This is not surprising. Given the challenges the Harper government has faced, securing things in their own home should be the first priority. More particularly, the nature of the government's challenges - the Senate / Nigel Wright, the Auditor General's questions about defence spending, Robocalls and perceived election improprieties, sluggish job growth - run counter to the very brand the government purports to represent.

Job one, therefore, was to make nice and sort things out with the base.

How does one do that? First, by reciting all of the base-friendly accomplishments of the past (e.g. the end of the gun registry and Wheat Board). Second, by promising an agenda that is both populist (consumer-friendly, smaller government) and conservative (balanced budget legislation, victims rights).

With two years to go until an election, it is arguably a sensible strategy. Get back to your core first, and once they are re-energized and engaged turn towards those remaining slices of the electorate that can get you over the line.  Simple enough.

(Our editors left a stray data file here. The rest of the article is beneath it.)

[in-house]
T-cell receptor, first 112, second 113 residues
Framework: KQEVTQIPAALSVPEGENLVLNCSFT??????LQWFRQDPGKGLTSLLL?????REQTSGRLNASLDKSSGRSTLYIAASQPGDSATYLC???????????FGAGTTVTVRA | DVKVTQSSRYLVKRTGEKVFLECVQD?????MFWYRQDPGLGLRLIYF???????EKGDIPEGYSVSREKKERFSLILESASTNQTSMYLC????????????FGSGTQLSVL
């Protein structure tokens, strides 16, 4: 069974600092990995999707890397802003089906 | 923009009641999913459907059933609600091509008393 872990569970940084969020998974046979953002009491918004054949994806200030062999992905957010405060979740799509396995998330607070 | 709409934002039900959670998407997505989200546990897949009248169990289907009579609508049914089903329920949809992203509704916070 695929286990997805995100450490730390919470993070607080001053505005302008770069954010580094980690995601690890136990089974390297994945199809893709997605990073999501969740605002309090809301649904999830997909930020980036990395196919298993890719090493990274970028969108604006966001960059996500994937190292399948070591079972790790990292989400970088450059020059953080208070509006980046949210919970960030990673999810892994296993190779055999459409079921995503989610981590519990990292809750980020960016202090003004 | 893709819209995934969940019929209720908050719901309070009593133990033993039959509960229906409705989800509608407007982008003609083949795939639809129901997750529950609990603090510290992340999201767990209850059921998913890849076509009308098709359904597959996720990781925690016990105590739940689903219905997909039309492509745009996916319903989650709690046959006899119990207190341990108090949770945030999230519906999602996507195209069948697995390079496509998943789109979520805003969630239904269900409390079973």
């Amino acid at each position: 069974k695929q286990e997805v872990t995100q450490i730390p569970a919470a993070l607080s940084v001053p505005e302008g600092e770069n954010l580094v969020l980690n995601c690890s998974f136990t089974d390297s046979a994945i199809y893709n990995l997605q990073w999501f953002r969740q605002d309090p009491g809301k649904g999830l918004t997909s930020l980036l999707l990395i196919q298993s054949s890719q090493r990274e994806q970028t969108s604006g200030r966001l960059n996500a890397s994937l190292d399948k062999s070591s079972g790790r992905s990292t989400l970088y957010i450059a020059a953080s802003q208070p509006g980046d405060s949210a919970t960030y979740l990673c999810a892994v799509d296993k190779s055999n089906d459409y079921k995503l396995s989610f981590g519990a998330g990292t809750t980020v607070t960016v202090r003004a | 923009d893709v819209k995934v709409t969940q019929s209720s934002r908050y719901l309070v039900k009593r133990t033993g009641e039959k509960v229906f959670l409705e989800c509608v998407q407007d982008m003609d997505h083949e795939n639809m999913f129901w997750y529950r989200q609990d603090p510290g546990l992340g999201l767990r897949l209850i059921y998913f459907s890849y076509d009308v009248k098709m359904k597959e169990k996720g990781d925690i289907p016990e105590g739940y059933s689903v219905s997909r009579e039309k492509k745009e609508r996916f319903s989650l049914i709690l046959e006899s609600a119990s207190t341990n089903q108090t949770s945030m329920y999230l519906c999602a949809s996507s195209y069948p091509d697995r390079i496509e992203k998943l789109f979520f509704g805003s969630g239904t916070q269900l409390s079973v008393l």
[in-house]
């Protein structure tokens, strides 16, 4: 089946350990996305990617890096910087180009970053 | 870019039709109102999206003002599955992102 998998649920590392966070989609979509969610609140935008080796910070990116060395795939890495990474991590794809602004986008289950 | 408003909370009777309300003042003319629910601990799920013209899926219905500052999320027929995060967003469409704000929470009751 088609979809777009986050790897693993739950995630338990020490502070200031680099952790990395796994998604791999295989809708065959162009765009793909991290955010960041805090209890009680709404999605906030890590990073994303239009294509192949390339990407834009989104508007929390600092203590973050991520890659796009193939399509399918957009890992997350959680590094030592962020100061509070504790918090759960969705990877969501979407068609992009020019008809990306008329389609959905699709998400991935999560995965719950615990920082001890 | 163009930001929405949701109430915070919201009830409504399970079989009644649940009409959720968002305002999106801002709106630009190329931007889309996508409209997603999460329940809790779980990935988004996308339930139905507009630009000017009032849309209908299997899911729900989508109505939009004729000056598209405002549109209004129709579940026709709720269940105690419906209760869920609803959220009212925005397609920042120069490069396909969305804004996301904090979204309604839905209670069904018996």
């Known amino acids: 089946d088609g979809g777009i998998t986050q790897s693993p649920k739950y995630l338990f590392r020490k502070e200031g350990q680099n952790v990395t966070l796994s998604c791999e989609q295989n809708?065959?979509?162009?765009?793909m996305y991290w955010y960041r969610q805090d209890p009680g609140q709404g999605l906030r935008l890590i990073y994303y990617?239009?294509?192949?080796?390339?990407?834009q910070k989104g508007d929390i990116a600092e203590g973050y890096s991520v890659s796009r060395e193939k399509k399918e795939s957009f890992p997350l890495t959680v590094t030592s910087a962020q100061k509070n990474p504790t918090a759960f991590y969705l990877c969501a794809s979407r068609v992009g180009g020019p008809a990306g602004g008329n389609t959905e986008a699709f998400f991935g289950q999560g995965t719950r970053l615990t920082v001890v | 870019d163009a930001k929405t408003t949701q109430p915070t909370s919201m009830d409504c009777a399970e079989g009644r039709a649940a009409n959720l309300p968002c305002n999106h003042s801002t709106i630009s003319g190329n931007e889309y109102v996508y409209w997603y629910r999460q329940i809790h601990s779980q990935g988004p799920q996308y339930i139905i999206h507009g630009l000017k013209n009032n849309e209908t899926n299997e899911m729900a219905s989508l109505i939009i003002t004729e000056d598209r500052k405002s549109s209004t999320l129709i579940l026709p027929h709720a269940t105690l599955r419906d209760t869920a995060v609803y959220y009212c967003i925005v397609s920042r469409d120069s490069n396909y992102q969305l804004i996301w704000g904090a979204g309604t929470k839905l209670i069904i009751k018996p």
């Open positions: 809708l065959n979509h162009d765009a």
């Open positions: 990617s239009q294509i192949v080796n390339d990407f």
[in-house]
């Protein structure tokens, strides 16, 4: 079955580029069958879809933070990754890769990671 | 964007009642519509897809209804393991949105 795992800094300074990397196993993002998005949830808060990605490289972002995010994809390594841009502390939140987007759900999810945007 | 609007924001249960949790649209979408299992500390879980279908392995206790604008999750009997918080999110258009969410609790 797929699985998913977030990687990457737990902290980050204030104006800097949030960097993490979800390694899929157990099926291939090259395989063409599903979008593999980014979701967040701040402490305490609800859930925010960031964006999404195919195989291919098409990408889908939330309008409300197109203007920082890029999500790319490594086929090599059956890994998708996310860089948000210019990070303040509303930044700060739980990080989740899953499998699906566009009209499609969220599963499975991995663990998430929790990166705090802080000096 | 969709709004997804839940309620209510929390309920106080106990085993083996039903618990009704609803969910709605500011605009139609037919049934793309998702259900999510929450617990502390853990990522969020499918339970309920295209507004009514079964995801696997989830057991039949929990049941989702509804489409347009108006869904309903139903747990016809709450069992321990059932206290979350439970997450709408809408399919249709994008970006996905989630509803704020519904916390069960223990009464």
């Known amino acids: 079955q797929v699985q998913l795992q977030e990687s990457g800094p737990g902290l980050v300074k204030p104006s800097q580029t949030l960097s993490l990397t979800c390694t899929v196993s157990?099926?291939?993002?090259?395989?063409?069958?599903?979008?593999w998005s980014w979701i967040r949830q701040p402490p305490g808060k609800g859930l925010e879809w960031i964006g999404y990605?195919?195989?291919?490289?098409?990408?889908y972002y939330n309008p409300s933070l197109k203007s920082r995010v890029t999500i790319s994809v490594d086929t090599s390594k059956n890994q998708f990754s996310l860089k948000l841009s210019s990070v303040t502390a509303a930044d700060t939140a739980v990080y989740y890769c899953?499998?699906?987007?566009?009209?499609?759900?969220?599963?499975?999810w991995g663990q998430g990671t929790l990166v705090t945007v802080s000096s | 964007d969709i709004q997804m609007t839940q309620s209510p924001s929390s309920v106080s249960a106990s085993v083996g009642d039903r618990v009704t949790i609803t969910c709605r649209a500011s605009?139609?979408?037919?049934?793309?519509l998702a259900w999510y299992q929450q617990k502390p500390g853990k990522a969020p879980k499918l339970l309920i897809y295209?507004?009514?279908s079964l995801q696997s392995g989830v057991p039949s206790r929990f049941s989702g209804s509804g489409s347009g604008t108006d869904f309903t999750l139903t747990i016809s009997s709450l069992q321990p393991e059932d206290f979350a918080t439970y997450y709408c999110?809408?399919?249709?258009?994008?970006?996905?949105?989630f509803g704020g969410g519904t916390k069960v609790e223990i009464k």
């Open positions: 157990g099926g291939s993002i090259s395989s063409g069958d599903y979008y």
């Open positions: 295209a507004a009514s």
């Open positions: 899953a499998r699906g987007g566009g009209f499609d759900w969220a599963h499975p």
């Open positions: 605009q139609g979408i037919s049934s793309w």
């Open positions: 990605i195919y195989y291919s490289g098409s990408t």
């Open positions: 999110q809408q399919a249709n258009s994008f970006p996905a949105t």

Now, anyone who tells you this will work is misleading you. Similarly, anyone who tells you it won't is also misleading you. With two years to go until we go back to the polls, anything can happen that either adds to or detracts from the Conservative narrative we heard today.

So what to watch for?

By-elections, as a start. Want to test how this narrative will play on the campaign trail, try a by-election.  With four coming up in the coming months we will see how the message lands with the voter, particularly in the two Conservative seats in play.

Something else to watch for is the degree to which the government will use the opposition's continued focus on scandal as an opportunity to show themselves as "in touch with Canadians" and their opponents as being "stuck in the Ottawa bubble".

This is a gamble, particularly as it is not actually within the government's abilities to independently deliver many of the consumer-friendly measures contained in the Speech. Failure to do so, while at the same time wearing a heavier and heavier mantle of scandal, could prove problematic.